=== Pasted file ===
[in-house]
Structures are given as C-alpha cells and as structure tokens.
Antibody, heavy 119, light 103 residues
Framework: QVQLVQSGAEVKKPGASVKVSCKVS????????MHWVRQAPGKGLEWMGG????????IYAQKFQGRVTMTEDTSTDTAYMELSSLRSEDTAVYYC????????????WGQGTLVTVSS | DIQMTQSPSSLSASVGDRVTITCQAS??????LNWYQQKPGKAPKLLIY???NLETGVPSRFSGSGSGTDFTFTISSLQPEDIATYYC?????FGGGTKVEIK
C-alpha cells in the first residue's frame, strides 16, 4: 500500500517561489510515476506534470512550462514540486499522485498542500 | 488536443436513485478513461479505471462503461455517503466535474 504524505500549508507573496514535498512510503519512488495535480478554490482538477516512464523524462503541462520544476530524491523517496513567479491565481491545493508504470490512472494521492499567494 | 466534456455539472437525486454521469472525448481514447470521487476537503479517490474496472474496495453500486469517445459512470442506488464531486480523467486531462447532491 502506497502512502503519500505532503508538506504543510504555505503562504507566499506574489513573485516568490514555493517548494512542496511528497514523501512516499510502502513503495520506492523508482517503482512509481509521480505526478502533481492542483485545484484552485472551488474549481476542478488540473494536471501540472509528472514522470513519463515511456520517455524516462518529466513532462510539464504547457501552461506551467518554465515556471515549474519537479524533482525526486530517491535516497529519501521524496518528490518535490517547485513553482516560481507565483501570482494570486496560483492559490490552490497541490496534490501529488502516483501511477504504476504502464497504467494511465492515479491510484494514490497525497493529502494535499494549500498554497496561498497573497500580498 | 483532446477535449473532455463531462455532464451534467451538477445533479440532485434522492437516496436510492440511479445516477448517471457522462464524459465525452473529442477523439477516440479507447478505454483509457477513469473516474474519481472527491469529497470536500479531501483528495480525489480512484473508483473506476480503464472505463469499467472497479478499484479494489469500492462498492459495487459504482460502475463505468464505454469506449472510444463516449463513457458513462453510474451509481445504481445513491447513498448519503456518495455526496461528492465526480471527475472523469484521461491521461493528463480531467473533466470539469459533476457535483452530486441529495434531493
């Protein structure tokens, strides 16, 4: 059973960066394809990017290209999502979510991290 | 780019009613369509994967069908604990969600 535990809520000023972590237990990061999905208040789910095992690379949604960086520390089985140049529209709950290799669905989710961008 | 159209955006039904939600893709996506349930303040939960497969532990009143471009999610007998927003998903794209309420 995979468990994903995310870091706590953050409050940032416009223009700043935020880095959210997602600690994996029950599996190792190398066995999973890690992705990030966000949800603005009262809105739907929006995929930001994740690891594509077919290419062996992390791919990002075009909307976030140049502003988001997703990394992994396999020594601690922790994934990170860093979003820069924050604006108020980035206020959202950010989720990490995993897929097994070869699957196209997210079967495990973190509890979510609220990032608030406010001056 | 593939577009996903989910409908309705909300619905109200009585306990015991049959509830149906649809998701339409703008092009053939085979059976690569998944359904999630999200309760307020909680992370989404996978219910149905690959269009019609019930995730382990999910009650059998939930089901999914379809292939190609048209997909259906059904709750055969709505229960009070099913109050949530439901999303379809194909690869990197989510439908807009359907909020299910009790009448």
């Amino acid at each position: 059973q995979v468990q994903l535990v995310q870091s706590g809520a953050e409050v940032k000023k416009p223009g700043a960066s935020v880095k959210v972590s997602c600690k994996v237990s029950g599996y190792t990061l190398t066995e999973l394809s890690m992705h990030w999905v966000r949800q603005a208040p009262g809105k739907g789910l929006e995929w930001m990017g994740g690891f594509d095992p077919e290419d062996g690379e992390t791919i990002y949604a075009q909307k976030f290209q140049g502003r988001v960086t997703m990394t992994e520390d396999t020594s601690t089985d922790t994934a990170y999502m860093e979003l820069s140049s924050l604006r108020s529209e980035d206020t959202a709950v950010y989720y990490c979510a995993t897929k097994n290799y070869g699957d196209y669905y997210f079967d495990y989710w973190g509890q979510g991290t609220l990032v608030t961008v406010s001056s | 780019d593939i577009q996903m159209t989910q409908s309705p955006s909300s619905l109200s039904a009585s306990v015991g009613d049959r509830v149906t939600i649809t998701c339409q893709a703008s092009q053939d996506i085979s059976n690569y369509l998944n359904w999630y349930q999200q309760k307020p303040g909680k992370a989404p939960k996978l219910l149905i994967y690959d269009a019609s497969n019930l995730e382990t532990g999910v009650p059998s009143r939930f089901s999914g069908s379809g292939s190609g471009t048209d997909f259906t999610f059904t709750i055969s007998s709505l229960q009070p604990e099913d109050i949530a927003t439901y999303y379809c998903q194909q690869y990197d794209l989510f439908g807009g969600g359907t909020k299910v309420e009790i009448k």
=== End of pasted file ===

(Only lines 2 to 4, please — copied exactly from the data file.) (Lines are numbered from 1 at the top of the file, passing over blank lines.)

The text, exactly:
Structures are given as C-alpha cells and as structure tokens.
Antibody, heavy 119, light 103 residues
Framework: QVQLVQSGAEVKKPGASVKVSCKVS????????MHWVRQAPGKGLEWMGG????????IYAQKFQGRVTMTEDTSTDTAYMELSSLRSEDTAVYYC????????????WGQGTLVTVSS | DIQMTQSPSSLSASVGDRVTITCQAS??????LNWYQQKPGKAPKLLIY???NLETGVPSRFSGSGSGTDFTFTISSLQPEDIATYYC?????FGGGTKVEIK